The Grandfathers is a motion-graphics film that primarily depicts the life of Jesse Saint, son of Steve Saint and grandson of Nate Saint.
On January 8, 1965, five Christian missionaries were speared to death by a group of Waodani warriors, while they were trying to evangelize to the Waodani people. These five men were Jim Elliot, Peter Fleming, Ed McCully, Nate Saint, and Roger Youderian.
After these men were killed, Elisabeth Elliot and Rachel Saint continued to share the Gospel message with the Waodani people, despite that their family members were killed by this same group of people. Later on, Nate Saint’s wife and their children (including Steve Saint) moved to the Ecuadorian jungle to live the Waodani tribe. Eventually, many of the Waodani people accepted Jesus Christ as their Lord and Savior…including some of the men who killed those five Christian missionaries.
After growing up in Ecuador, Steve moved to the United States. Later on, his family consisted of his wife (Ginny) and four teenage children (Shaun, Jamie, Jesse, and Stephanie). Then, in 1995, Steve decided to move back to the jungle with his family, even though he was the only one familiar with this type of lifestyle. So, the entire family moved from a comfortable life in Florida to the Ecuadorian jungle, where they lived among the Waodani tribe.
Before moving to the jungle, Jesse Saint struggled to understand and relate to his family heritage. Since he wasn’t raised in the jungle with the tribe, like his father, the tales about his father’s and grandfather’s lives seemed very distant to him…until his teenage years, when his family lived with the Waodani tribe. After he experienced life in the Ecuadorian jungle, Jesse started to understand his family history, as well as developed deep friendships with the Waodani tribe members.
The Grandfathers described the Saint family’s experience in the jungle and building relationships with the Waodani tribe members, particularly between Jesse and Mincaye. While living in the jungle as a teenager, Jesse became friends with Mincaye Enquedi, an older Waodani man, and Jesse even began to call him grandfather in the native Waodani language.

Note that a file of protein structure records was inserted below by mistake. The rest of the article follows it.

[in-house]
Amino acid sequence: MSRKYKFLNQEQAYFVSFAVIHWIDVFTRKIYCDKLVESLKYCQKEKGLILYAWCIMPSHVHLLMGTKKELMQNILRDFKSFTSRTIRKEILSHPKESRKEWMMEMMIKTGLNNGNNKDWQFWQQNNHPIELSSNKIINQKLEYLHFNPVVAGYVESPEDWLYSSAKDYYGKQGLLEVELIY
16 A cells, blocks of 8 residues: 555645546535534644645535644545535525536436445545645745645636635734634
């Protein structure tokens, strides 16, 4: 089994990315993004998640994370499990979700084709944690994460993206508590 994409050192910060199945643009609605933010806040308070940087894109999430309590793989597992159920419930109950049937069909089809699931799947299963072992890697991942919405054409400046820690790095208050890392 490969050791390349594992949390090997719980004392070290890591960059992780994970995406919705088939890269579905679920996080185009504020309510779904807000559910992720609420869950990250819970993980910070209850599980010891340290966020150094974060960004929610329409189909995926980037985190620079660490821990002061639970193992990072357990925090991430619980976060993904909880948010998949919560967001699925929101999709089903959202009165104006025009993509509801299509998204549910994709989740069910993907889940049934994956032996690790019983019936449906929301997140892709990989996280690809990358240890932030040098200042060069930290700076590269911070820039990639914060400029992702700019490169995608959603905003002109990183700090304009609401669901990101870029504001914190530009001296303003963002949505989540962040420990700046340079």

Later on, Jesse realized that his Grandfather Mincaye was actually one of the Waodani men who killed his biological grandfather, Nate Saint. However, his Waodani friends, particularly Mincaye, didn’t seem like the same people. Referring to Mincaye, Jesse said, “Even though it was the same man, same hands, it was a different heart.” Previously, spearing each other to death was a way of life for the Waodani tribe, and they were known as a very violent tribe.
Despite their historical background and cultural differences, the Saint family and Waodani tribe still became a family through the love and forgiveness of Jesus Christ. While the Saint family no longer lives in the jungle, they continue to visit and work with their Waodani friends.
As a motion-graphics film, The Grandfathers is intermixed with video clips, interviews, photos, narration, etc. With a running time of 54 minutes, this non-fiction film was written by Jim Hanon and Jillian Hanon, directed by Jim Hanon, and produced by Mart Green. The central characters include Jesse Saint, Steve Saint, and Mincaye Enquedi, as well some of the Waodani tribe members and more of the Saint family members.
The Grandfathers is the third film in the trilogy, which includes the documentary, Beyond the Gates of Splendor, and feature film, End of the Spear [and I highly recommend watching both of these movies, too].
This intriguing film is worth watching, particularly for those interested in missions or those wanting to have a glimpse into life in the jungle. While The Grandfathers is a family friendly film with a PG rating, due to “thematic material and violent content,” the recommended age would be teenagers and older. A movie trailer link is included below.
By the way, I’ve visited Ecuador! Although I’ve not traveled as deep into the jungle as this film depicts. Hope you enjoy watching The Grandfathers!
Note: I received this book from B and B Media, which is a program designed for bloggers to write book reviews in exchange for books, yet the opinions expressed in this review are my own.